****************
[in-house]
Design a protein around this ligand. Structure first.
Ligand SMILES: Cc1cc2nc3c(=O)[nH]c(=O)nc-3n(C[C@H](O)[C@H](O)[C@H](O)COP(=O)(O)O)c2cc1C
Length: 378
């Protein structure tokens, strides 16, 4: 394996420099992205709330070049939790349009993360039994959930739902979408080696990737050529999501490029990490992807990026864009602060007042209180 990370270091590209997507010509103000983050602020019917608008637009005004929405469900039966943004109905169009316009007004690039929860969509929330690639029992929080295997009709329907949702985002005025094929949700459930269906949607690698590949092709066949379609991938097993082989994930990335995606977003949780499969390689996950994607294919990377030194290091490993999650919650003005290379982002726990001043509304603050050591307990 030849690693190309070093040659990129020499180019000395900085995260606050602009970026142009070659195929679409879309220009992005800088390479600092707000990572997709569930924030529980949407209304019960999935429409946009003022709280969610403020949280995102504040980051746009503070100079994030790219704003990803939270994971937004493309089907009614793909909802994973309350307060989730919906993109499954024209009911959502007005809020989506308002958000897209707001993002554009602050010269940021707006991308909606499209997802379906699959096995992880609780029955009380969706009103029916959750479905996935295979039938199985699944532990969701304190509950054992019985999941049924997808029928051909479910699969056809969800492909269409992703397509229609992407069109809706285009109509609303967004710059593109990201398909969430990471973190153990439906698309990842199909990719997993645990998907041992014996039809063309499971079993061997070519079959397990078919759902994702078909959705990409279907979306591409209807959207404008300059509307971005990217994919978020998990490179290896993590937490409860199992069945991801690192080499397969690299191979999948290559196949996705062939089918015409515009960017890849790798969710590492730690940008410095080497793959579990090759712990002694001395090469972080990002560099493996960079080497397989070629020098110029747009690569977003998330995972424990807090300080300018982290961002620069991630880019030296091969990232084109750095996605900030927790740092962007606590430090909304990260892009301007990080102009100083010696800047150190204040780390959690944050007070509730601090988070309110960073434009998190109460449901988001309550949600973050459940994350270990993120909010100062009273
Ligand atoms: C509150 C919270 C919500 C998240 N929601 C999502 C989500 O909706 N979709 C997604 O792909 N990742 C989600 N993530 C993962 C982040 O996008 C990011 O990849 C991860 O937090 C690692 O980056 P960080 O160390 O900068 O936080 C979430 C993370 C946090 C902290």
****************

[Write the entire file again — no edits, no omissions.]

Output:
[in-house]
Design a protein around this ligand. Structure first.
Ligand SMILES: Cc1cc2nc3c(=O)[nH]c(=O)nc-3n(C[C@H](O)[C@H](O)[C@H](O)COP(=O)(O)O)c2cc1C
Length: 378
């Protein structure tokens, strides 16, 4: 394996420099992205709330070049939790349009993360039994959930739902979408080696990737050529999501490029990490992807990026864009602060007042209180 990370270091590209997507010509103000983050602020019917608008637009005004929405469900039966943004109905169009316009007004690039929860969509929330690639029992929080295997009709329907949702985002005025094929949700459930269906949607690698590949092709066949379609991938097993082989994930990335995606977003949780499969390689996950994607294919990377030194290091490993999650919650003005290379982002726990001043509304603050050591307990 030849690693190309070093040659990129020499180019000395900085995260606050602009970026142009070659195929679409879309220009992005800088390479600092707000990572997709569930924030529980949407209304019960999935429409946009003022709280969610403020949280995102504040980051746009503070100079994030790219704003990803939270994971937004493309089907009614793909909802994973309350307060989730919906993109499954024209009911959502007005809020989506308002958000897209707001993002554009602050010269940021707006991308909606499209997802379906699959096995992880609780029955009380969706009103029916959750479905996935295979039938199985699944532990969701304190509950054992019985999941049924997808029928051909479910699969056809969800492909269409992703397509229609992407069109809706285009109509609303967004710059593109990201398909969430990471973190153990439906698309990842199909990719997993645990998907041992014996039809063309499971079993061997070519079959397990078919759902994702078909959705990409279907979306591409209807959207404008300059509307971005990217994919978020998990490179290896993590937490409860199992069945991801690192080499397969690299191979999948290559196949996705062939089918015409515009960017890849790798969710590492730690940008410095080497793959579990090759712990002694001395090469972080990002560099493996960079080497397989070629020098110029747009690569977003998330995972424990807090300080300018982290961002620069991630880019030296091969990232084109750095996605900030927790740092962007606590430090909304990260892009301007990080102009100083010696800047150190204040780390959690944050007070509730601090988070309110960073434009998190109460449901988001309550949600973050459940994350270990993120909010100062009273
Ligand atoms: C509150 C919270 C919500 C998240 N929601 C999502 C989500 O909706 N979709 C997604 O792909 N990742 C989600 N993530 C993962 C982040 O996008 C990011 O990849 C991860 O937090 C690692 O980056 P960080 O160390 O900068 O936080 C979430 C993370 C946090 C902290």